What Did We Learn From COP26 Six Months On?
It's been almost half a year since world leaders gathered in Glasgow, Scotland, for the 2021 United Nations Climate Change Conference. More commonly referred to as COP26, this two-week event aimed to set a new global agenda to reverse the adverse effects of man-made climate change. So was the event a success? Or was it more talk than action? Let's take a look.
- International News
A step in the right direction
COP26 didn't bring us much closer to meeting the Paris Agreement's ambitious goal to keep temperatures below pre-industrial levels. However, it did lay the foundations for a 21st-century green revolution. Some of the most positive outcomes include the acknowledgement that fossil fuels must be phased out, pledges from governments to increase climate finance, and general rules and standards on carbon credit accounting.
Moreover, the conference caught the public's attention, encouraging millions of people worldwide to engage with the critical issues connected to climate change. And this, as many commentators have pointed out, is the first major step to all of us taking personal responsibility for the planet. "Your actions matter," says Vanessa Nakate, the Ugandan Climate Activist. "No action or voice is too small to make a difference. COP26 showed that when it comes to tackling climate change, no one is a bystander."
Putting rivalry aside
"Saving the planet isn't a partisan issue," said Barack Obama. Thankfully, there are indications the world's biggest powerbrokers are increasingly seeing eye to eye on this. In one of the conference's most surprising announcements, China and the US agreed to boost climate cooperation over the next decade. China's top climate negotiator, Xie Zhenhua, said, "On climate change, there is more agreement between China and US than divergence." John Kerry, the US climate envoy, echoed those sentiments. "The US and China have no shortage of differences," said Kerry. “But on climate, cooperation is the only way to get this job done". So far, China and the US have agreed on a range of steps to tackle methane emissions and speed up the transition to clean energy and de-carbonisation.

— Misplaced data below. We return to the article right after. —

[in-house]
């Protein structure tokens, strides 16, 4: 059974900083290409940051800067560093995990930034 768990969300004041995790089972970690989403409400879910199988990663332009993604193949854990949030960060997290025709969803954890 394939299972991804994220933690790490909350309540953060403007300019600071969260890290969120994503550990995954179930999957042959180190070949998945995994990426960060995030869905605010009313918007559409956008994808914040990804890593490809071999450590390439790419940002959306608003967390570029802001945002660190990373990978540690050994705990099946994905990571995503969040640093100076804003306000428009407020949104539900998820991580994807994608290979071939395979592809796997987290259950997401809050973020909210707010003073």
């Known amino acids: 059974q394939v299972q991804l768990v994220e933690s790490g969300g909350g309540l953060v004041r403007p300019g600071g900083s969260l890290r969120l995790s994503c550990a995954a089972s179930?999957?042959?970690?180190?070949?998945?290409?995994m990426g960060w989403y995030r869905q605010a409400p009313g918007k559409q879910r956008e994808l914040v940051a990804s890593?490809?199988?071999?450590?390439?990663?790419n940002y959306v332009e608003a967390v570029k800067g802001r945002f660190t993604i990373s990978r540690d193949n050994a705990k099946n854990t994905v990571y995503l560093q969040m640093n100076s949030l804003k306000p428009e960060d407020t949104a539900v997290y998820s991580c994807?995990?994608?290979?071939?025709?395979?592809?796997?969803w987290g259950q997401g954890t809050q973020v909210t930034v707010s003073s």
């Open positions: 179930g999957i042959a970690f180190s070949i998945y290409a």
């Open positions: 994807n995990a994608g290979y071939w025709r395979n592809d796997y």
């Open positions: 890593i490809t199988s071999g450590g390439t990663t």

It’s good, but it’s not good enough…
Jennifer Morgan, Greenpeace International Executive Director, welcomed the news that China and the US were putting their rivalry aside in the name of a much greater struggle. Still, like many others, Morgan is demanding more action from both governments. In fact, she says it's essential if we're to reach future climate goals and prevent the poorest people and nations from suffering most. "Ultimately, the US/China statement and proposed actions fall short of the call by the climate-vulnerable countries demanding that nations come back to the table every year with greater ambition until the 1.5C gap is closed", said Morgan.